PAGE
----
The discussion on Radio 5live was pretty good and involved peter Reynolds form CLEAR

However, later in the programme they allowed Terry Hammond to spout some fairly typical reefer madness claims without challenge. Terry is the father of a young man who used cannabis and developed severe mental illness, in his dads mind as a result of his cannabis use. Terry was very prominent in the original RETHINK campaign and the fact that he was on the same programme as Mark Davies strongly suggests a link between the two. Most of what Terry says is fair enough until near the end of the interview when he makes some outlandish claims

Terry claims that cannabis causes actual physical brain damage, this of course is untrue. He is clearly convinced of his belief about cannabis, but it has to be remembered that schizophrenia has always happened in the way he described without cannabis being involved and it’s always happened to young people – mostly young men – of the same age as his son. It is a nasty illness, but it has always been a nasty illness. Terry seems to believe it wouldn’t have happened if his son hadn’t taken cannabis, we can never know of course, but it could well have done, indeed it can be argued that it probably would have done.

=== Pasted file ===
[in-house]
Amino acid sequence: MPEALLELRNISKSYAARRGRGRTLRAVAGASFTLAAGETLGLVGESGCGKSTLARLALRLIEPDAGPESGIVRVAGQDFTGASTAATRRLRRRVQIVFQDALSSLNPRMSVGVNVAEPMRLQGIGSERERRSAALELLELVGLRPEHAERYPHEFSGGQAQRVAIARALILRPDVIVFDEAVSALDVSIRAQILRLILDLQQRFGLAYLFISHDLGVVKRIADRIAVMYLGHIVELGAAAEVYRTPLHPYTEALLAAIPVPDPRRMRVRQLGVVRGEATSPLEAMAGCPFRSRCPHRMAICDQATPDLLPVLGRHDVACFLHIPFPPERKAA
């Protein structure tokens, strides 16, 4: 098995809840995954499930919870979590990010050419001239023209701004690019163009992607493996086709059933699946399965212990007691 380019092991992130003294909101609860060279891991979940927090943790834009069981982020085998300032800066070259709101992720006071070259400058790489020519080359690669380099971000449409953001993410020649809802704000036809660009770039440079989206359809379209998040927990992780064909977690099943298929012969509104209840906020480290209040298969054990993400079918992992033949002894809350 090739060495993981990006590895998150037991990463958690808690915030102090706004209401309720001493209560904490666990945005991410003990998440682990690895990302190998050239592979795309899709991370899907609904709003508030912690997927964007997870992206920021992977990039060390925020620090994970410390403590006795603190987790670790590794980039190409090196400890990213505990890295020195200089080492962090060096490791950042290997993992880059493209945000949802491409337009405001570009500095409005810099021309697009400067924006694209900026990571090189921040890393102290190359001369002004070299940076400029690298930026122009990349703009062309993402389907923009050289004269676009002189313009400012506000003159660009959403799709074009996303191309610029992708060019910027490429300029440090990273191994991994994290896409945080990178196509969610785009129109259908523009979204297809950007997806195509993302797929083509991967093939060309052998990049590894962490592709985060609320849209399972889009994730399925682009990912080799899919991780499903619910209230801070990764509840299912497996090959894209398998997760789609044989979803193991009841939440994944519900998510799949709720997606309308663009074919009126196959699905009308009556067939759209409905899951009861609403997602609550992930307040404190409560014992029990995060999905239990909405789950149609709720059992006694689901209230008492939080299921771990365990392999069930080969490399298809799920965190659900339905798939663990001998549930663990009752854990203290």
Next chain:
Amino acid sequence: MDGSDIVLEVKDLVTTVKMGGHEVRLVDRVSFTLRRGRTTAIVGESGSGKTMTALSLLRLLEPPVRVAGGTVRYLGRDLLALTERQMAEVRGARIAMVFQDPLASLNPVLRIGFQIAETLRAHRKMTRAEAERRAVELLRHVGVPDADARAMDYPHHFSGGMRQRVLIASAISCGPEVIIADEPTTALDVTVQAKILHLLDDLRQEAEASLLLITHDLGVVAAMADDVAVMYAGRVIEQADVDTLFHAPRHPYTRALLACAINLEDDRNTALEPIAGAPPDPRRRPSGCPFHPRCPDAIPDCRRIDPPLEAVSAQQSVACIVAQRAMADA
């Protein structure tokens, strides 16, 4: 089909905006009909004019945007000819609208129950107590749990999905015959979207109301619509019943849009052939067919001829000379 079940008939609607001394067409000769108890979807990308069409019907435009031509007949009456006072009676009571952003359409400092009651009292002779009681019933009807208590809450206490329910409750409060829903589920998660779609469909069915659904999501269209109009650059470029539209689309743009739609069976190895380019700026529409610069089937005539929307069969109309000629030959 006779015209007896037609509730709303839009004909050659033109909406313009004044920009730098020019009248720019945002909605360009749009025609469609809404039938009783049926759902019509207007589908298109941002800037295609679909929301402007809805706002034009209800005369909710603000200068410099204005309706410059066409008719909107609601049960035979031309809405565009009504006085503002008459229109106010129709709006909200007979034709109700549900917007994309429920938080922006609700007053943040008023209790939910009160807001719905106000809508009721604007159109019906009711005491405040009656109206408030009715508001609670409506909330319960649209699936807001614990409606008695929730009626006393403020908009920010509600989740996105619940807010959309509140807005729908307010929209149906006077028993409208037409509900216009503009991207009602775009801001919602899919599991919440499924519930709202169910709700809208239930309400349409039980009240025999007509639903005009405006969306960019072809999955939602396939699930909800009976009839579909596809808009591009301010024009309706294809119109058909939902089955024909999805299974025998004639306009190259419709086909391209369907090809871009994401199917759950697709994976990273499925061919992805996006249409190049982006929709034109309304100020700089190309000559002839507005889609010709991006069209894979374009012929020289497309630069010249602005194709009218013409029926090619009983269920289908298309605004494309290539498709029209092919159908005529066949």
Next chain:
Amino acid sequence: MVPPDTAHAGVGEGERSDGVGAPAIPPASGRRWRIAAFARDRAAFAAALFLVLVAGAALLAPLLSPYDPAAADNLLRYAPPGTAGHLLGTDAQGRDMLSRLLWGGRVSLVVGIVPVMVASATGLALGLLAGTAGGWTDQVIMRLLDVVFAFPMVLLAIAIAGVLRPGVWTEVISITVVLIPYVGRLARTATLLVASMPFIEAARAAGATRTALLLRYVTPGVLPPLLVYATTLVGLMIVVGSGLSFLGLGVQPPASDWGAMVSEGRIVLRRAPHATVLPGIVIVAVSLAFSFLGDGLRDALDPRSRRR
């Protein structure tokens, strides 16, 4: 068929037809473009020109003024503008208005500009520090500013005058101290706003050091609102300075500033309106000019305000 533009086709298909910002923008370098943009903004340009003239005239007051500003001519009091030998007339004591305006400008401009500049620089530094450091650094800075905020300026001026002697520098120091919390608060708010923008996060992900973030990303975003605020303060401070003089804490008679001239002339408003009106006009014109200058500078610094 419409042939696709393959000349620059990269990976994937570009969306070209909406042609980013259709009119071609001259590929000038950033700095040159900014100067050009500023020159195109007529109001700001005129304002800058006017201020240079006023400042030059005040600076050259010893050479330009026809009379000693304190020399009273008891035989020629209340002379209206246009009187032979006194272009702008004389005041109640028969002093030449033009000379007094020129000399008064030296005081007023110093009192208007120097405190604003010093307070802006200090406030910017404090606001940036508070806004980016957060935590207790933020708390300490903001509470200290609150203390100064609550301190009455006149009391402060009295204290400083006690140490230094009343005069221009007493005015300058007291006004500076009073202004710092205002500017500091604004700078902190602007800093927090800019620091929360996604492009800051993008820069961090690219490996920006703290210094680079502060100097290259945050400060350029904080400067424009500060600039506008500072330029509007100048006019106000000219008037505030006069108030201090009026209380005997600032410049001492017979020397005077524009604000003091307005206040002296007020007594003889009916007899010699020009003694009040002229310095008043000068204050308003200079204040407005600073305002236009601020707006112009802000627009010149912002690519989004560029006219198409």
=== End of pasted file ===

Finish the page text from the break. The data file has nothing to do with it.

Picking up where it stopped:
Media interest in RETHINK’s latest effort was pretty low, perhaps it’s just not news any more. In any case the science has moved on a lot since 2004 and hasn’t been that supportive of many of their claims. As we know there is not much evidence – if any at all – of a rise in the rates of psychosis over the time cannabis use has exploded. Let’s be clear about this, if cannabis did cause serious mental illness we would know about it by now for sure. Also as this blog reported recently the idea of a genetic susceptibility (the COMT gene) has recently been undermined by a study carried out at Bristol by Stan Zammit, which was a major plank of the original RETHINK campaign.

Mark Davies did make it into the Huffpo and came out with this tired old chestnut:

One of the problems is that the cannabis many parents remember from their youth is a completely different substance to the one around today

Although he link he gave to illustrate that claim actually stated